When Hugh was finally persuaded to bring out the guitar, I discovered, as I lifted it from its case, that its G-string was missing. But, oh it was a beautiful instrument! Even though it, too, had not been played for far too long, there could be no doubt in this heart of mine that here was something truly lovely that begged to have its voice heard. I didn’t really hesitate; I swiftly liberated the G-string from the Gibson and gave it its new home on this glorious Martin 000-28 (I’m guessing the model # here; I didn’t look inside, but from the size and shape, and the decorative touches, I’m sure it’s close, if not spot on.). It tuned up quickly, and I sang out one of two Merle Travis songs I’m sure I know, “Dark As a Dungeon.” Hugh told me, when the song was done, that he didn’t think there were more than a handful of people in all Lexington who knew all the words I’d just sung. I sure enjoyed singing it; I’ve probably sung it seventy or eighty times in my life, but I think they might all have just been practice for that evening. I feel like I learned that song, back in 1969, in order to be able to sing it that cold, snowy night in that cozy house in Lexington, with that old guitar in my hands. Hugh had bought the guitar from his college roommate, years ago, for all of $50.00, and I don’t know much more about its history than that, except that it’s apparently a model that had been designed just for Merle Travis.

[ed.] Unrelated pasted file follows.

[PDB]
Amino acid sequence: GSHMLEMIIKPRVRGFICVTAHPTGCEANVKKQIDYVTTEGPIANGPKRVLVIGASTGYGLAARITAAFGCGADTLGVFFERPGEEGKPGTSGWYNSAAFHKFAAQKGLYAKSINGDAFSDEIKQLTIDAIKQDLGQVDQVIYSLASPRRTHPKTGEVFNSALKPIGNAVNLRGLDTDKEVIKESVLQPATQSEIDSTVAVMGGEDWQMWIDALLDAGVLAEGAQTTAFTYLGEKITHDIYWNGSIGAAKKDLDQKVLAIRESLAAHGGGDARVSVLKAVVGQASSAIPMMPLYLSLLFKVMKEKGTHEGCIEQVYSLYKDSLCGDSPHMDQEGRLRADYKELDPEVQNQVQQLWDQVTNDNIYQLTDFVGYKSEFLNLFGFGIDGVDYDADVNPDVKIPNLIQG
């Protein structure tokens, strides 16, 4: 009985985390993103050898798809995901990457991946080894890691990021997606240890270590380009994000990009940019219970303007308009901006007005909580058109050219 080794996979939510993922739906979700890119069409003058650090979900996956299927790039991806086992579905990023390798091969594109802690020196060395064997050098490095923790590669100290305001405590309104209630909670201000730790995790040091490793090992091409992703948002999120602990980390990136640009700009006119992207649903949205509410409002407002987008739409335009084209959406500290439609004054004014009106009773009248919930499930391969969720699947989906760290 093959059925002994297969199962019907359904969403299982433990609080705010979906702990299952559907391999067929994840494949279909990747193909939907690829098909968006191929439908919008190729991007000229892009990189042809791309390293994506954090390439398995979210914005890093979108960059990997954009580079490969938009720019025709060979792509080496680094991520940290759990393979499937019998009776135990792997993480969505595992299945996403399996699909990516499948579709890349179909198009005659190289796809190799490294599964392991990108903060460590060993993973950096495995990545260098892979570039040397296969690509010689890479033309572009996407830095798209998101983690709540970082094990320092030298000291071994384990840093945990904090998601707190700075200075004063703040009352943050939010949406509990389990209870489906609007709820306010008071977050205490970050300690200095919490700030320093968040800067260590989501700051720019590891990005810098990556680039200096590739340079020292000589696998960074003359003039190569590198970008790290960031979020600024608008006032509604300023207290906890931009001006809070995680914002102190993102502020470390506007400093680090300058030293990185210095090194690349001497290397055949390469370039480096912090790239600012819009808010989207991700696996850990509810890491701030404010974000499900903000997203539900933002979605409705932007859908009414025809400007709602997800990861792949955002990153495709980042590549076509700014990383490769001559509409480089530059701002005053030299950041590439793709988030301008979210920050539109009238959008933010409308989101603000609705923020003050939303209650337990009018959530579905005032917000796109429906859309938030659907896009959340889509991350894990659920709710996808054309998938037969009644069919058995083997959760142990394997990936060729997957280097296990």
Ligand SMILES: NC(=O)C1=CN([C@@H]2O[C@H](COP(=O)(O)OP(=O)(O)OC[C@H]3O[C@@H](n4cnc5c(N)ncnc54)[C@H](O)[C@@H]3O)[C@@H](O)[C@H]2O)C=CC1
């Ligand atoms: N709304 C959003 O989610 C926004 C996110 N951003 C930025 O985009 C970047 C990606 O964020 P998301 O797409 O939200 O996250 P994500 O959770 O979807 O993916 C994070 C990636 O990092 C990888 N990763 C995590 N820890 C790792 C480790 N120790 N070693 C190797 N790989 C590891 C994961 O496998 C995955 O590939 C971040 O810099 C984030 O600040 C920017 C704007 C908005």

I haven’t always enjoyed venturing out into the great, frozen East in the middle of winter, to sell wine. Maybe it’s just that Southern hospitality; I sure felt welcome everywhere I visited! I had a great time, yes I did.
So play me a song on the guitar; play it on the mandolin…
I’m lookin out on a brand new day, and wonderin where I been.
I keep thinkin there’s some plane I’m supposed to catch, but I know it must be too late, now…
Aw, but when I hear that First Bird sing, nothin else matters all that much, anyhow.
— Steve Edmunds
Steve Edmunds is the proprietor of Edmunds St. John winery in Berkeley, CA and is a regular contributor to Vinography. This piece originally appeared in his monthly newsletter, the Organolepticians, in 2004.